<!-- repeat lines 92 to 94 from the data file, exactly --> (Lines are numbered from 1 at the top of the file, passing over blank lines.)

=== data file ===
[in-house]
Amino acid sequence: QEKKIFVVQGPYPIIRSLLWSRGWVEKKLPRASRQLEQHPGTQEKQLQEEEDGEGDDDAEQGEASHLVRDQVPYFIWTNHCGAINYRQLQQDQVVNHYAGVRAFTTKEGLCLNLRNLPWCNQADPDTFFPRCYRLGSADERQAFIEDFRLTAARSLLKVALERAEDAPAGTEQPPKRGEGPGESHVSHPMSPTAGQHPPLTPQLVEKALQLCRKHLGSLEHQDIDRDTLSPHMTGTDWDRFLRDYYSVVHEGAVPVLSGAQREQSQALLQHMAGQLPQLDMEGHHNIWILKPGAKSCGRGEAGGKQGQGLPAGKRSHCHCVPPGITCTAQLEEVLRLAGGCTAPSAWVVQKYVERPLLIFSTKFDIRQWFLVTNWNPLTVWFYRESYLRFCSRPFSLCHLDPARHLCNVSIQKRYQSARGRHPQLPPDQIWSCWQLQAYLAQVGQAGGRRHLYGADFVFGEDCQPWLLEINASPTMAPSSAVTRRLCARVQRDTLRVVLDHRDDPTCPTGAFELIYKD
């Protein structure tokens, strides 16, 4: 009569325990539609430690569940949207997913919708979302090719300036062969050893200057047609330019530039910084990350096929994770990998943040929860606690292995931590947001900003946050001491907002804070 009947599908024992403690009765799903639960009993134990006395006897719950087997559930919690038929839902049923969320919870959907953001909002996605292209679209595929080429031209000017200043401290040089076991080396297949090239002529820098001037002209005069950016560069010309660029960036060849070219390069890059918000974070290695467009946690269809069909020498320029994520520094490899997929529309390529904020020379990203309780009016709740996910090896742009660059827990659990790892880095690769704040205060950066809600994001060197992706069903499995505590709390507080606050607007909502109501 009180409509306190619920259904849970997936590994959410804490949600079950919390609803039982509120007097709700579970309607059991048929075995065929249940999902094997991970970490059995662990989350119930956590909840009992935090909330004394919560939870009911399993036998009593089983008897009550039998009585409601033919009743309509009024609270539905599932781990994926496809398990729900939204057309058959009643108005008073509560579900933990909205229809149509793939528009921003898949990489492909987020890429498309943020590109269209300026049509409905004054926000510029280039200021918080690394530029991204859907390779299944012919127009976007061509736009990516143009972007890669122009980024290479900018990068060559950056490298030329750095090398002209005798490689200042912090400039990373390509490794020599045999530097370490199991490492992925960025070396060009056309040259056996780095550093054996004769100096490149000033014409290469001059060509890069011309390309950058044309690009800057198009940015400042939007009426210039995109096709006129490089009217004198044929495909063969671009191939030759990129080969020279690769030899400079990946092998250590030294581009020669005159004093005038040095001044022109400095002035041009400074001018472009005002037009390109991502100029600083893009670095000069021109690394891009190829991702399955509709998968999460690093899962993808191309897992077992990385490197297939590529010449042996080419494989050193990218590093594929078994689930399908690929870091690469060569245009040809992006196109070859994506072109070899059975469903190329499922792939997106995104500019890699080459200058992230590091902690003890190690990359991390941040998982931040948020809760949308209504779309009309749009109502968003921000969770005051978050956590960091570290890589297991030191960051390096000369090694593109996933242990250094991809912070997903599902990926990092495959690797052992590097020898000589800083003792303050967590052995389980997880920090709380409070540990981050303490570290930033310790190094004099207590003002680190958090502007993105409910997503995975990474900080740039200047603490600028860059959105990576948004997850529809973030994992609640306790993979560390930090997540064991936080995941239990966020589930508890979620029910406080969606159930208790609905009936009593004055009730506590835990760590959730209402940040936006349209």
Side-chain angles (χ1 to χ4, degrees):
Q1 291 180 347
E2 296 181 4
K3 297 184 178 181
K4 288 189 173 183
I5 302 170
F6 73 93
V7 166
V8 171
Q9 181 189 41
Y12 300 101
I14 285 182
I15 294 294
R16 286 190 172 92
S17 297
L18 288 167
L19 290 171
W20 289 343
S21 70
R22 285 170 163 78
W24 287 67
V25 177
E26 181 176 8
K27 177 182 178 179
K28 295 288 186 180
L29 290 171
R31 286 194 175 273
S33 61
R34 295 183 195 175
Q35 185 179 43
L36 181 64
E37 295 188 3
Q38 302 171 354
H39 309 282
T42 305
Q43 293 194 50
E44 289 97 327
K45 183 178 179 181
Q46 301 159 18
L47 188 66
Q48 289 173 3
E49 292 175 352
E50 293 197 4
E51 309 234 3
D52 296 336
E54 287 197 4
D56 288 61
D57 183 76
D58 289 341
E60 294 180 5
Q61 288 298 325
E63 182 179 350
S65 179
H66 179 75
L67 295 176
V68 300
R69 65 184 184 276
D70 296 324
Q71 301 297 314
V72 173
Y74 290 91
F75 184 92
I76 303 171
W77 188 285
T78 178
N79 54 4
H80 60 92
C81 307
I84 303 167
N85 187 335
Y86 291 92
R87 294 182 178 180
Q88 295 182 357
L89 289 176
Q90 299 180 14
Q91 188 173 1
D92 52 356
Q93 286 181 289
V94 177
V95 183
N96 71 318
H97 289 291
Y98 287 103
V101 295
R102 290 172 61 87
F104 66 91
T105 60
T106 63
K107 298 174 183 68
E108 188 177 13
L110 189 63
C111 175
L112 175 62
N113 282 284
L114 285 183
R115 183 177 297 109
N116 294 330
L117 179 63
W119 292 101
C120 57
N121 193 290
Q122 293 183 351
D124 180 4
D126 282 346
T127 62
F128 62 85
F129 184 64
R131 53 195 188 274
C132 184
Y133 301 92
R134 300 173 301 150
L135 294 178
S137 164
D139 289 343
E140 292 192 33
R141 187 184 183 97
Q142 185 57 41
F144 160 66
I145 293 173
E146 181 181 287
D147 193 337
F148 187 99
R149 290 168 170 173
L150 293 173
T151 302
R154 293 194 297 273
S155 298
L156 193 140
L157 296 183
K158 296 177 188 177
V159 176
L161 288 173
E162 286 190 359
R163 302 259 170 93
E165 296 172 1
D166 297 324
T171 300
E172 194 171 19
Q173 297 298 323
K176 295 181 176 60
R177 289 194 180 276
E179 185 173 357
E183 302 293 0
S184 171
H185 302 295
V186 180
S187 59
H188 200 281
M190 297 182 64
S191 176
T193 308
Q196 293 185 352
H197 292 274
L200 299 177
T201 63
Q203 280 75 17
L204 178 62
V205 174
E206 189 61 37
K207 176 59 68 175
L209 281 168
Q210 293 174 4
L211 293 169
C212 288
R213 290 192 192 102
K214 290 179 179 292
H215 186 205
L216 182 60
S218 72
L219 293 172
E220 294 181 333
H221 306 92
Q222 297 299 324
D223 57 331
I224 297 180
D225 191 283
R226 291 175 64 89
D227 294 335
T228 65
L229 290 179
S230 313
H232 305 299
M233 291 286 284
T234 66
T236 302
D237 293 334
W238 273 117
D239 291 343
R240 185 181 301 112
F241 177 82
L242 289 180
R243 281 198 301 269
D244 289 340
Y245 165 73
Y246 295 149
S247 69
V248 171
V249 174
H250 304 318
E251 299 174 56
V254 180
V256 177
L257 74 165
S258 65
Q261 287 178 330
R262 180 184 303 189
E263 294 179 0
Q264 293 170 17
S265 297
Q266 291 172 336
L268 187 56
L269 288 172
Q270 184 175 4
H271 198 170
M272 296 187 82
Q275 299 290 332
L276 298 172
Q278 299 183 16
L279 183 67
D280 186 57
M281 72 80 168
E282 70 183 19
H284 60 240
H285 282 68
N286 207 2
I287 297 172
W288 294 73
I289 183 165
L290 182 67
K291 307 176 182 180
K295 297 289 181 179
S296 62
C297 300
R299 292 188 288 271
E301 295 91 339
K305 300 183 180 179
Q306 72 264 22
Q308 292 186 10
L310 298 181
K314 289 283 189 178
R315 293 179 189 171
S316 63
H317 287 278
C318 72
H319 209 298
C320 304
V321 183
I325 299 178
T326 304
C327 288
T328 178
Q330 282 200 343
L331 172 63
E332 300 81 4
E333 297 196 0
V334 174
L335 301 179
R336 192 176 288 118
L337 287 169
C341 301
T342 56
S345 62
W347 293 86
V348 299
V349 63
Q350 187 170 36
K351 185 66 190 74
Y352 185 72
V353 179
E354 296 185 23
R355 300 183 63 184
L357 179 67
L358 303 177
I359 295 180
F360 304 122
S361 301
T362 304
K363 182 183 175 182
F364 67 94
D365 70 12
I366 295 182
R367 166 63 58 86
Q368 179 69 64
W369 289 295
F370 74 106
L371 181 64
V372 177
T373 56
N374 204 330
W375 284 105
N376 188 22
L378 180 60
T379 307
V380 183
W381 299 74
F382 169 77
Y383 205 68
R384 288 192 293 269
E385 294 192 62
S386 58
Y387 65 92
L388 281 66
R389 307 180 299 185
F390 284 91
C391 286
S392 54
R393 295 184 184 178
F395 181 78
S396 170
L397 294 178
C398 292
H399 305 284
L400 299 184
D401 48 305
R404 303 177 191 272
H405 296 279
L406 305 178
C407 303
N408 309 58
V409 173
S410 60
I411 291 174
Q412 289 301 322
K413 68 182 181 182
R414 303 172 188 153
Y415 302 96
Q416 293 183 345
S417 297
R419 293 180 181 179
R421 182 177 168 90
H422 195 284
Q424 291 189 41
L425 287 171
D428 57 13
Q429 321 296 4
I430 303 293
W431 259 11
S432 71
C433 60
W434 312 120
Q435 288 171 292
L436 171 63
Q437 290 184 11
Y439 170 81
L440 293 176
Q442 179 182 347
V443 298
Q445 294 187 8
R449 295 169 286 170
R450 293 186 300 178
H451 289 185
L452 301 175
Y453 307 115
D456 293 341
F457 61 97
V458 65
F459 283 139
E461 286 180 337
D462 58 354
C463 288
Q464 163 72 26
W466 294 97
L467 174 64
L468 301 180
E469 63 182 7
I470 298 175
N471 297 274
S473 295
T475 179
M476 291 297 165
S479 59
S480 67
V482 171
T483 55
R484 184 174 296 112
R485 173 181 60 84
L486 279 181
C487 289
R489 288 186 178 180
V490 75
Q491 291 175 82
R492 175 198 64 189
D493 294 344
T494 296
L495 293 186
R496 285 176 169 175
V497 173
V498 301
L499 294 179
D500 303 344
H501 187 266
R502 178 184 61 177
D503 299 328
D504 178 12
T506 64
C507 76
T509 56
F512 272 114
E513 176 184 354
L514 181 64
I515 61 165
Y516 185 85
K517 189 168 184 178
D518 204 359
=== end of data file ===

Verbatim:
K107 298 174 183 68
E108 188 177 13
L110 189 63